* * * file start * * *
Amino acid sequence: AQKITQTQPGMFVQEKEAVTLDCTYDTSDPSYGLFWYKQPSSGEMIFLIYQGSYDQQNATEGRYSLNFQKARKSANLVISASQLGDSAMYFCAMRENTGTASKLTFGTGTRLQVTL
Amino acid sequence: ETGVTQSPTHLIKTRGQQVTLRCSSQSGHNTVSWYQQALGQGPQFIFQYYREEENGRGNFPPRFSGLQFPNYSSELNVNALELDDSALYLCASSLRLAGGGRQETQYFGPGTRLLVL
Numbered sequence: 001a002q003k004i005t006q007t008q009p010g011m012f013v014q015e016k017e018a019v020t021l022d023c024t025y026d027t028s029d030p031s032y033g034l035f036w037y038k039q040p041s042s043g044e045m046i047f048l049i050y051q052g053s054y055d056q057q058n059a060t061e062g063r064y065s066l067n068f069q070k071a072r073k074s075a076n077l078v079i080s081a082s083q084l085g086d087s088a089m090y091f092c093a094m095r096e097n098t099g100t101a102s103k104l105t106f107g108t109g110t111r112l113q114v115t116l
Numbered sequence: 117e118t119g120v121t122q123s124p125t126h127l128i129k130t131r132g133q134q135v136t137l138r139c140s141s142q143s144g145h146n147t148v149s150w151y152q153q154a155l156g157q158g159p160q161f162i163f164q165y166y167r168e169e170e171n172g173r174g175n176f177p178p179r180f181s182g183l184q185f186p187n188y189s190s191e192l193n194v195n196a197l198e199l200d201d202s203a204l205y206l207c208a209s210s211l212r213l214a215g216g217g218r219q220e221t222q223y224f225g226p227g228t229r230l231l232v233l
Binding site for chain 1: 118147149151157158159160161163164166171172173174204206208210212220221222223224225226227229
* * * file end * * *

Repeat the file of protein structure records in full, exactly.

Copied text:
Amino acid sequence: AQKITQTQPGMFVQEKEAVTLDCTYDTSDPSYGLFWYKQPSSGEMIFLIYQGSYDQQNATEGRYSLNFQKARKSANLVISASQLGDSAMYFCAMRENTGTASKLTFGTGTRLQVTL
Amino acid sequence: ETGVTQSPTHLIKTRGQQVTLRCSSQSGHNTVSWYQQALGQGPQFIFQYYREEENGRGNFPPRFSGLQFPNYSSELNVNALELDDSALYLCASSLRLAGGGRQETQYFGPGTRLLVL
Numbered sequence: 001a002q003k004i005t006q007t008q009p010g011m012f013v014q015e016k017e018a019v020t021l022d023c024t025y026d027t028s029d030p031s032y033g034l035f036w037y038k039q040p041s042s043g044e045m046i047f048l049i050y051q052g053s054y055d056q057q058n059a060t061e062g063r064y065s066l067n068f069q070k071a072r073k074s075a076n077l078v079i080s081a082s083q084l085g086d087s088a089m090y091f092c093a094m095r096e097n098t099g100t101a102s103k104l105t106f107g108t109g110t111r112l113q114v115t116l
Numbered sequence: 117e118t119g120v121t122q123s124p125t126h127l128i129k130t131r132g133q134q135v136t137l138r139c140s141s142q143s144g145h146n147t148v149s150w151y152q153q154a155l156g157q158g159p160q161f162i163f164q165y166y167r168e169e170e171n172g173r174g175n176f177p178p179r180f181s182g183l184q185f186p187n188y189s190s191e192l193n194v195n196a197l198e199l200d201d202s203a204l205y206l207c208a209s210s211l212r213l214a215g216g217g218r219q220e221t222q223y224f225g226p227g228t229r230l231l232v233l
Binding site for chain 1: 118147149151157158159160161163164166171172173174204206208210212220221222223224225226227229